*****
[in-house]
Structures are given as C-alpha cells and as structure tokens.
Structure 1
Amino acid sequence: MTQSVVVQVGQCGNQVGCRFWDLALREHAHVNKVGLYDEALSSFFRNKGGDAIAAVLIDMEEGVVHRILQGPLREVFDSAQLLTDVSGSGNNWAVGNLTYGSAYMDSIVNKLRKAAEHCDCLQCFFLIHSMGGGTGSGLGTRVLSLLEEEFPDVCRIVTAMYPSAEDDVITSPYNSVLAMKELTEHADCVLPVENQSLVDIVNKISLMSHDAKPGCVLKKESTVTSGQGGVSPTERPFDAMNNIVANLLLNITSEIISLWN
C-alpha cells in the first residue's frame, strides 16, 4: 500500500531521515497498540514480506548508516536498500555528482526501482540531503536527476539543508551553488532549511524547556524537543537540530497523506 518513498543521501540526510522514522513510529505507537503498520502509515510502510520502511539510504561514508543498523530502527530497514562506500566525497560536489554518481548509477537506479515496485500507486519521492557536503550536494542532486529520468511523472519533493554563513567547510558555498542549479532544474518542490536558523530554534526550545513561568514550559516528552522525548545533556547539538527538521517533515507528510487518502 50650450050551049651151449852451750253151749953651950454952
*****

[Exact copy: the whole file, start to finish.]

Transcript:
[in-house]
Structures are given as C-alpha cells and as structure tokens.
Structure 1
Amino acid sequence: MTQSVVVQVGQCGNQVGCRFWDLALREHAHVNKVGLYDEALSSFFRNKGGDAIAAVLIDMEEGVVHRILQGPLREVFDSAQLLTDVSGSGNNWAVGNLTYGSAYMDSIVNKLRKAAEHCDCLQCFFLIHSMGGGTGSGLGTRVLSLLEEEFPDVCRIVTAMYPSAEDDVITSPYNSVLAMKELTEHADCVLPVENQSLVDIVNKISLMSHDAKPGCVLKKESTVTSGQGGVSPTERPFDAMNNIVANLLLNITSEIISLWN
C-alpha cells in the first residue's frame, strides 16, 4: 500500500531521515497498540514480506548508516536498500555528482526501482540531503536527476539543508551553488532549511524547556524537543537540530497523506 518513498543521501540526510522514522513510529505507537503498520502509515510502510520502511539510504561514508543498523530502527530497514562506500566525497560536489554518481548509477537506479515496485500507486519521492557536503550536494542532486529520468511523472519533493554563513567547510558555498542549479532544474518542490536558523530554534526550545513561568514550559516528552522525548545533556547539538527538521517533515507528510487518502 50650450050551049651151449852451750253151749953651950454952